Metamaterial flexible sheets could transform optics

June 6, 2013 8:38 am | News | Comments

New ultrathin, planar, lightweight and broadband polarimetric photonic devices and optics could result from recent research by a team of Los Alamos National Laboratory scientists. The advances would boost security screening systems, infrared thermal cameras, energy harvesting and radar systems.

Catalyst could jumpstart e-cars, green energy

June 4, 2013 1:08 pm | News | Comments

Los Alamos National Laboratory scientists have designed a new type of nanostructured-carbon-based catalyst that could pave the way for reliable, economical next-generation batteries and alkaline fuel cells, providing for practical use of wind- and solar-powered electricity, as well as enhanced hybrid electric vehicles.

Sequoia supercomputer transitions to classified work

April 18, 2013 8:05 am | News | Comments

The National Nuclear Security Administration announced that its Sequoia supercomputer at Lawrence Livermore National Laboratory has completed its transition to classified computing in support of the Stockpile Stewardship Program, which helps the United States ensure the safety, security, and effectiveness of its aging nuclear weapons stockpile without the use of underground testing.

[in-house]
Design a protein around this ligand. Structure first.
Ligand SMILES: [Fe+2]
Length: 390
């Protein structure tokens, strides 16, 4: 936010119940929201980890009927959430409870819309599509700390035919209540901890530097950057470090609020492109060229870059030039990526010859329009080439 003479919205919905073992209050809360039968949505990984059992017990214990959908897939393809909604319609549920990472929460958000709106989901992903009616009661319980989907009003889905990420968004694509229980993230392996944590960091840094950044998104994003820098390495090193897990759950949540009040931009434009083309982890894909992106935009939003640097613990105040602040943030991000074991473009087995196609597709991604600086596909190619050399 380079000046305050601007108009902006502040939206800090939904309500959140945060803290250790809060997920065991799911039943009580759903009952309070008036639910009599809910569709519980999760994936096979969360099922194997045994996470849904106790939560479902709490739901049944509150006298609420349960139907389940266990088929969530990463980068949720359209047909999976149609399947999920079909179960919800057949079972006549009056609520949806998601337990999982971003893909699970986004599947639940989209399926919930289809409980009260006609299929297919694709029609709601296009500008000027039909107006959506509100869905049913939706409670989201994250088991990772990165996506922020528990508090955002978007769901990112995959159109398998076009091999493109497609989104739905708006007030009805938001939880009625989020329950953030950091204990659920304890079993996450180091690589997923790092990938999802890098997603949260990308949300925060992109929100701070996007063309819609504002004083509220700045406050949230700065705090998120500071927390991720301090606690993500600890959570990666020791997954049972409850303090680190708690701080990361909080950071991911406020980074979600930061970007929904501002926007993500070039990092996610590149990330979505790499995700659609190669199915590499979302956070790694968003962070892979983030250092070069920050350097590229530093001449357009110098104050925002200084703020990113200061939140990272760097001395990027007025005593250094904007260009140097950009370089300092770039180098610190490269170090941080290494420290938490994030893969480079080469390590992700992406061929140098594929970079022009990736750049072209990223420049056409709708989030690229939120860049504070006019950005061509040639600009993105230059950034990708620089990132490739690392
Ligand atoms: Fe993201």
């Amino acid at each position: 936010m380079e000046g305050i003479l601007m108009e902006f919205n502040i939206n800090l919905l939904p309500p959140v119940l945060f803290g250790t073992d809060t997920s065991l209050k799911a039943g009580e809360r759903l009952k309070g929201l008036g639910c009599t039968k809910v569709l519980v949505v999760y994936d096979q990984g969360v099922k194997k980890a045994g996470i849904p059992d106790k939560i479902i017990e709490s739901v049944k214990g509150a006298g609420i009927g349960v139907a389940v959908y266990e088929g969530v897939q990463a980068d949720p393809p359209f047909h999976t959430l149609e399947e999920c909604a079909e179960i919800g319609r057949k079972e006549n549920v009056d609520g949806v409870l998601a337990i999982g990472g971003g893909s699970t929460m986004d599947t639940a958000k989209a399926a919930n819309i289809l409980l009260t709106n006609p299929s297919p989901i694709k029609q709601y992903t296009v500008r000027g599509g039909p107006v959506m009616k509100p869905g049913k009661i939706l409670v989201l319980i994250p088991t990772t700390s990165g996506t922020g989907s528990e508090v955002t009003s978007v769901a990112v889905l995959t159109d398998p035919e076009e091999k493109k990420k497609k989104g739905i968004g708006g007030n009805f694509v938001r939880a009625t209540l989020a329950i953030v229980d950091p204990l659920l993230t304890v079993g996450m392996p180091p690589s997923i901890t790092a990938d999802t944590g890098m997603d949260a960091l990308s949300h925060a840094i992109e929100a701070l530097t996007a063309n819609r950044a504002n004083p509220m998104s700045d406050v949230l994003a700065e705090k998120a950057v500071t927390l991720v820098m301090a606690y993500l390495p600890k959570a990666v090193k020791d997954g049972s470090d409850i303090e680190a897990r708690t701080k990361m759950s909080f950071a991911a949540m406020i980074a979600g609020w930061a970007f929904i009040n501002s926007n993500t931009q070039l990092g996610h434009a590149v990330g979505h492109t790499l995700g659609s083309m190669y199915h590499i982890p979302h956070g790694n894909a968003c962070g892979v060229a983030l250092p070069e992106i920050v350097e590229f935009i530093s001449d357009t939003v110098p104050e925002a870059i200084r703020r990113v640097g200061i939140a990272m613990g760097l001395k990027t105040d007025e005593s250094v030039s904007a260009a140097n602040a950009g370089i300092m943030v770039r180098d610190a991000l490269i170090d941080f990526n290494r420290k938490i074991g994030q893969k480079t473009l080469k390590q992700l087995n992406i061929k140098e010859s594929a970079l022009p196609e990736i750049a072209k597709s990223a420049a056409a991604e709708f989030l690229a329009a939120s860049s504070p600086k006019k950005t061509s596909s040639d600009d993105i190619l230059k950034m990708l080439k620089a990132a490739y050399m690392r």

Antibody evolution could guide HIV vaccine development

April 6, 2013 3:25 pm | News | Comments

Observing the evolution of a particular type of antibody in an infected HIV-1 patient has provided insights that will enable vaccination strategies that mimic the actual antibody development within the body. Spearheaded by Duke University, the multi-institution study included analysis from Los Alamos National Laboratory and used high-energy X-rays from the Advanced Photon Source at Argonne National Laboratory.

Scientists get inside look at how AIDS virus grooms its assault team

April 1, 2013 1:20 pm | News | Comments